That day I gained a greater appreciation for those men who had to stand on an open field and be shot at with nothing for cover. If they weren’t torn to shreds by a volley of lead balls, they were charged with bayonets. I can’t even fathom what it was like to do hand to hand combat with 100 soldiers coming ever closer. I can hardly describe the feelings that coursed through me as I viewed a man through the sights of my musket and knowing that with the order to “fire”, that man would have been dead some 225 years ago. And knowing that I was held in someone’s sights from the other side of the field. Though it was only make believe, I studied the other side of the field to see if a musket barrel was aimed at me. I felt a kinship with our founders and remembered the words of the song, “America” and the line, “Who more than self, their country loved.” Those men didn’t want to die but they knew that freedom was more important than self. They died so their children could have freedom from tyranny. How courageous our founders were!
We fired two imaginary volleys at the British then, on command, turned and retreated from the British only to reform and fire the third volley into the charging British cavalry. Now, these were real horses in a real gallop and the danger was very real. Fortunately, everyone was careful and there were no real injuries save one. The dirt in the field was very soft and on the fourth rehearsal I stepped into a hoofprint and twisted my ankle. I had to hobble back to camp.
Cast call was at 4:00 AM. By daybreak, 700 men and women were in costume and on the battlefield. We marched up a hill and as we mounted its crest, I could see the British camp on the next hill. As we marched past the burned-out ruins of a once beautiful mansion, we flew Old Glory and the oncoming British flew the Union Jack. I tried to imagine what it was like to be a private in the militia marching up against the greatest military machine of its day. I was brought back to reality with shouts of “Cut!” and “One more rehearsal” and “I didn’t like that. Let’s try it again.”
After we’d rehearsed an hour or so, Mel Gibson arrived on the set. We were given strict instructions not to talk to him and take no photos. He seemed a nice enough fellow. He joked with the crew members but with the call of “Action!”, he was deadly serious.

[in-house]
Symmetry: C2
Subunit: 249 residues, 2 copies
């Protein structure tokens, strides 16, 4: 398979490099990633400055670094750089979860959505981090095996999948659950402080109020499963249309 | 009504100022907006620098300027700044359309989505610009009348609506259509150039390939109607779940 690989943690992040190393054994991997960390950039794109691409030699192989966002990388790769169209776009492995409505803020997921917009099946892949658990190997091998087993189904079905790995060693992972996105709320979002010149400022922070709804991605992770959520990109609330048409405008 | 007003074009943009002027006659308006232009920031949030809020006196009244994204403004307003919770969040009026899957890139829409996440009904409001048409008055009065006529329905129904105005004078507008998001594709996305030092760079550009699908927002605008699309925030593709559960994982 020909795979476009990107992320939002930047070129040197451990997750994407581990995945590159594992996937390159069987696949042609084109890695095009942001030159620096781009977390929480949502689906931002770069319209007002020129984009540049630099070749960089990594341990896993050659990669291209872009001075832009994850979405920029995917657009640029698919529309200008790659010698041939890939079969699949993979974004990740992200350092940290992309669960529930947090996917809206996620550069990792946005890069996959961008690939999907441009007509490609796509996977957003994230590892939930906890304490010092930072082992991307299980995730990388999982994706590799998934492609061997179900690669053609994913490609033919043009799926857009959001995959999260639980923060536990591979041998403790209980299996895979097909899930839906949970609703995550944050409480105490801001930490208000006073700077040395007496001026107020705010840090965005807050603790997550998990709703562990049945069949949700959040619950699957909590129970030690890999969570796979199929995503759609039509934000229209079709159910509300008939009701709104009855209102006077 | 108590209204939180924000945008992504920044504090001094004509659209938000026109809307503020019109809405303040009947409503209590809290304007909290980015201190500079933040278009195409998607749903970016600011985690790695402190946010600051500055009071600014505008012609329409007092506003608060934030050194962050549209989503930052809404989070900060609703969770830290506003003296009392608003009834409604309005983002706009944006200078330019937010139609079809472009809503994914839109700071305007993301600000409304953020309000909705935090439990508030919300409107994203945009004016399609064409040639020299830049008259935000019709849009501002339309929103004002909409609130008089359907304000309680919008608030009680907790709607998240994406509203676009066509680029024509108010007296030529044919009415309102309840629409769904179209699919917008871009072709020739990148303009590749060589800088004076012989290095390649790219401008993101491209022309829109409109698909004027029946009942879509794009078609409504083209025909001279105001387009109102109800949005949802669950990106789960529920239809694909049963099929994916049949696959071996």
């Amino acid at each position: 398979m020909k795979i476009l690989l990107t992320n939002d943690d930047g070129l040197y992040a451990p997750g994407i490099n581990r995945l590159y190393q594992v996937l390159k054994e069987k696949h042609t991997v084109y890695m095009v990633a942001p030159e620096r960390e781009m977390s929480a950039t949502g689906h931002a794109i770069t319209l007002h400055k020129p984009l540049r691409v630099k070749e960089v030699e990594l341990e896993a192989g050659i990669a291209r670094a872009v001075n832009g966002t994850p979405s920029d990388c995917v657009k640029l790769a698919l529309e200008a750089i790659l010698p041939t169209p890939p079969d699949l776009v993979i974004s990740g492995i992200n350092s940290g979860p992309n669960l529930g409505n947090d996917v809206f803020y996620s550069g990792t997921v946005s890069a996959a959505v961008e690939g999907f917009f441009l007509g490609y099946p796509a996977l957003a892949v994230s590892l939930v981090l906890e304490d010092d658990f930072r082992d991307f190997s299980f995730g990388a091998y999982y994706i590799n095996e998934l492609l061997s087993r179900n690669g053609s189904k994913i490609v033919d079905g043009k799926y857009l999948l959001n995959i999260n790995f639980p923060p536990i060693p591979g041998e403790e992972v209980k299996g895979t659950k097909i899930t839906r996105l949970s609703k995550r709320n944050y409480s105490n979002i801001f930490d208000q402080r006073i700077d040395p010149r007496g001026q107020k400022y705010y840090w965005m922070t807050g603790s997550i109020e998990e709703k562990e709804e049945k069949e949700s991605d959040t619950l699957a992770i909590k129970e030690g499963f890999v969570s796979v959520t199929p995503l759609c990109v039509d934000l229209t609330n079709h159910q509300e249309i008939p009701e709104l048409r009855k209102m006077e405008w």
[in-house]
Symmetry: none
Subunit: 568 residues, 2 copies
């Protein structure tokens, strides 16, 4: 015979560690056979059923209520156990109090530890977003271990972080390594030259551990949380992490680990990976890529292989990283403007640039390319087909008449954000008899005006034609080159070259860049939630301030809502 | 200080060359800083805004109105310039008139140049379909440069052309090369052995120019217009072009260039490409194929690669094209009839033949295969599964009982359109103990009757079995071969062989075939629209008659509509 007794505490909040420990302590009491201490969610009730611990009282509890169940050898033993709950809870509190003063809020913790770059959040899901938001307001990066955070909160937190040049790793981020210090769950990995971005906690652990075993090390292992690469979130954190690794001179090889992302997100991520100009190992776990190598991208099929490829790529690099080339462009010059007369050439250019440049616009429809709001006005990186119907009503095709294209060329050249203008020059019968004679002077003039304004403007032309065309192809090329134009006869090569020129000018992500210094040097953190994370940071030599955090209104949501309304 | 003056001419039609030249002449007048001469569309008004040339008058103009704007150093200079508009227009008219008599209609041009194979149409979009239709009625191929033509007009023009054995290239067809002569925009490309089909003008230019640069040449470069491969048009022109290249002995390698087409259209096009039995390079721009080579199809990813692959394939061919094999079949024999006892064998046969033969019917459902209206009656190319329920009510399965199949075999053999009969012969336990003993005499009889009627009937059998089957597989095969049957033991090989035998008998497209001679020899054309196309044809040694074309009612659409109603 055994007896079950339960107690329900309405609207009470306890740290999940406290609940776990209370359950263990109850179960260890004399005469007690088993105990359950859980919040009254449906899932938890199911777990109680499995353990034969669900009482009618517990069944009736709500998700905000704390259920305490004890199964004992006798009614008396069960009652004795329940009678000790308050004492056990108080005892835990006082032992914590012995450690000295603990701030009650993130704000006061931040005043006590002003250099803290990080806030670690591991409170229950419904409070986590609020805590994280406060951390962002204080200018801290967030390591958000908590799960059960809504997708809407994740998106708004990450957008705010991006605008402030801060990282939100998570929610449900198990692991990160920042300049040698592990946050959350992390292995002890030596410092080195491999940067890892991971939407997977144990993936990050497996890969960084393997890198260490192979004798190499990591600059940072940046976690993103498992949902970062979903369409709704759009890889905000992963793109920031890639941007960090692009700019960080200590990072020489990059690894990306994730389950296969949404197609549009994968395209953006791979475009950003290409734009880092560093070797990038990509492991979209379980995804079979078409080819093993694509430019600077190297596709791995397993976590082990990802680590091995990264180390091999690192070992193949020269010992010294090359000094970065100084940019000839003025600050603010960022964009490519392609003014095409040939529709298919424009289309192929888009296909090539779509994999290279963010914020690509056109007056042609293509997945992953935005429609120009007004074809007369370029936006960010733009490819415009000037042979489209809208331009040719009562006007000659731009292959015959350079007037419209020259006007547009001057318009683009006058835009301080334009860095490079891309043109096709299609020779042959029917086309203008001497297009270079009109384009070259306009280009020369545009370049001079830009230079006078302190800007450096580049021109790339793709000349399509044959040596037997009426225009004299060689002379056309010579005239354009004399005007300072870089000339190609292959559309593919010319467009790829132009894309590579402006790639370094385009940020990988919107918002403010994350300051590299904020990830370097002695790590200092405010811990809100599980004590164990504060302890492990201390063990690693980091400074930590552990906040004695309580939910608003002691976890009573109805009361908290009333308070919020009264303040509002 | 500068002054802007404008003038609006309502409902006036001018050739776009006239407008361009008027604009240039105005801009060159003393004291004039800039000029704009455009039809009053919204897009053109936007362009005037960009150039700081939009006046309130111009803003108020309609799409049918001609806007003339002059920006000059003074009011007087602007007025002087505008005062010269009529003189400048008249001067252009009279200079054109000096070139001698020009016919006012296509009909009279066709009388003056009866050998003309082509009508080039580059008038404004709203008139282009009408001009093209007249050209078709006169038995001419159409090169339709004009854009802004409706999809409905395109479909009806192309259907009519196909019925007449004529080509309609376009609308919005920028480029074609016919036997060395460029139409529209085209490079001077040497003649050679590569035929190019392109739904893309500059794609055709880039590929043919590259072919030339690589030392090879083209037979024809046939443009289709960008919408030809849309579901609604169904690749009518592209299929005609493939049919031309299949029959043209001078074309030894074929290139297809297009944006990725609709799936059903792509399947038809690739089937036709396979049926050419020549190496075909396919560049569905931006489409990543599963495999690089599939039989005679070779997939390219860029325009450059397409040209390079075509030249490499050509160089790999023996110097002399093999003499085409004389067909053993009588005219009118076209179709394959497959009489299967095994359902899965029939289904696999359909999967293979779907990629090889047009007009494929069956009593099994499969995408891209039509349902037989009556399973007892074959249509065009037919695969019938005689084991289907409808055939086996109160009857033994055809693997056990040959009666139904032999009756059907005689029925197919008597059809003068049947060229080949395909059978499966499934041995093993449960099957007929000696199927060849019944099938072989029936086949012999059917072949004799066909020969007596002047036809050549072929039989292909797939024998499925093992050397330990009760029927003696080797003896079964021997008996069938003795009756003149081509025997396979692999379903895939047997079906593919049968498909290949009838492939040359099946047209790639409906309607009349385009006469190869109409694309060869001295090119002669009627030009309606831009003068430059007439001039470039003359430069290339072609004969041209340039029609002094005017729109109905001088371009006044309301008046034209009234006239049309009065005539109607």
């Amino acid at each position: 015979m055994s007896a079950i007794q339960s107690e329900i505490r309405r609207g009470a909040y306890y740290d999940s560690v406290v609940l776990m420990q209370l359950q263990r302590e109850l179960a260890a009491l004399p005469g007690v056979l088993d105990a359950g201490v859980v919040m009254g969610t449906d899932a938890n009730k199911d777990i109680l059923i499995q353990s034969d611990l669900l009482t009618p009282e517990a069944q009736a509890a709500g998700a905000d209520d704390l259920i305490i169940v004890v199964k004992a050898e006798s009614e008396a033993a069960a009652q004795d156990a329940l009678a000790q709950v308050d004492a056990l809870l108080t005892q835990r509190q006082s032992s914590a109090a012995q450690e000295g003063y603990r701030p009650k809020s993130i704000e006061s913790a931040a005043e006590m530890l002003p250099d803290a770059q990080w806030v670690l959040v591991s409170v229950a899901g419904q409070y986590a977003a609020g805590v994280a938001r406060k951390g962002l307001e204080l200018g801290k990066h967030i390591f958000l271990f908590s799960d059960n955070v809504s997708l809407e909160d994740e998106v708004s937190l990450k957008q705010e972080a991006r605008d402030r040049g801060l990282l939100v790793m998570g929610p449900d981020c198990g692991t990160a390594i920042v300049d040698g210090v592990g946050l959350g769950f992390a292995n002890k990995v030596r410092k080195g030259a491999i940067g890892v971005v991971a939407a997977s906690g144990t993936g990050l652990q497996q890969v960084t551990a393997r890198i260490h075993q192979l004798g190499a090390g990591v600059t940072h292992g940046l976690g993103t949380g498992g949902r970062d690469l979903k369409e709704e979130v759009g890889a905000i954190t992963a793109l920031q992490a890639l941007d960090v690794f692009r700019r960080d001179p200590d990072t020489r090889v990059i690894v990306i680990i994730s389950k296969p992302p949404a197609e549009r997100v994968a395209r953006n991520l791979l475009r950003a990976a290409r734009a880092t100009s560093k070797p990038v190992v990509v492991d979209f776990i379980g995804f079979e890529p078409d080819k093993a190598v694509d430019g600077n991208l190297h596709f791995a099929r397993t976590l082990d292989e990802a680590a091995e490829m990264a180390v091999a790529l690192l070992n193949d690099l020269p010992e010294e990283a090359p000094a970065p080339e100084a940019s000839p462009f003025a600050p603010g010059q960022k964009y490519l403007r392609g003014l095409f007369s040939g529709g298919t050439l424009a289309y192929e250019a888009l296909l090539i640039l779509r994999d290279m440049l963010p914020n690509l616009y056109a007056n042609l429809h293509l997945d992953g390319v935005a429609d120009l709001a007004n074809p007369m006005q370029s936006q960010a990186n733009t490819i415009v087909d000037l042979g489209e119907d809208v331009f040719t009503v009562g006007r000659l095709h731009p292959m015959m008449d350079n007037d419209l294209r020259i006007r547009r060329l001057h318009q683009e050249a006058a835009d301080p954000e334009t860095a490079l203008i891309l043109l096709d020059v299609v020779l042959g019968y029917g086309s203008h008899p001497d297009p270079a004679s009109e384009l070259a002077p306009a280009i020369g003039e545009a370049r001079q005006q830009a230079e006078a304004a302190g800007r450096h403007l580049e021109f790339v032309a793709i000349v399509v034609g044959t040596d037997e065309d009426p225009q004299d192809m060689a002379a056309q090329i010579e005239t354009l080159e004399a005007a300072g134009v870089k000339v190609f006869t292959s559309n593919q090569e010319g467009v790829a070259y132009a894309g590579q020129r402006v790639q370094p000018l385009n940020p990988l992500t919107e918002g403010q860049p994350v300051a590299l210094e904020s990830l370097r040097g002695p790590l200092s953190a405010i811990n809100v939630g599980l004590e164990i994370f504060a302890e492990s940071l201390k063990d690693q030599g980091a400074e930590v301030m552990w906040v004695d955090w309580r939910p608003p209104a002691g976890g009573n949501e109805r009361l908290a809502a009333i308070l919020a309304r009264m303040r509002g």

I’ve met many people who think a movie is shot just the way you see it in the theater or on TV. A sort of stage play on film. Nothing could be farther from the truth. The principal photography is done first. Sometimes two or three companies are shooting at various locations at the same time. Sometimes the easiest scenes are shot first and the more complicated ones later. On the set, the action is shot from one direction then the cameras are moved and the scene is acted out again and shot from another direction. We marched over the same 10 feet of ground 20 times. Then the camera angle was changed and we marched over it 20 more times. Then we marched over to another set and did it all over again! It was grueling work. By the end of the day, my back was breaking! After sunset, we marched back to the wardrobe tent to change.
There were three large tents set up on location. One was the chow tent where we had breakfast and lunch, the second was the wardrobe tent, and the third was hair and makeup. As we changed it was announced that several earlier scenes had been cut together and would be shown in the chow tent. I could hear the cheers of the re-enactors as I ran to the tent. I dashed in just in time to see Gibson instructing two young actors, playing his sons, to shoot at a British patrol who had captured Heath Ledger who played his older son. The scene was intense, exciting, and bloody. That’s the intent of the picture, not to gloss over the Revolution but to show the price paid for the freedoms that we enjoy today. Our liberties were bought with the blood of men and women and I’ve never forgotten that. That’s why I wear the costume every 4th of July that my mother made so many years ago. It’s my way of saying, “I haven’t forgotten Mom.”
note: I found this newspaper article I wrote in 1999. Thought you might like it for Columbus Georgia Online. I had a photo of me in my costume but it was taken when my briefcase was stolen.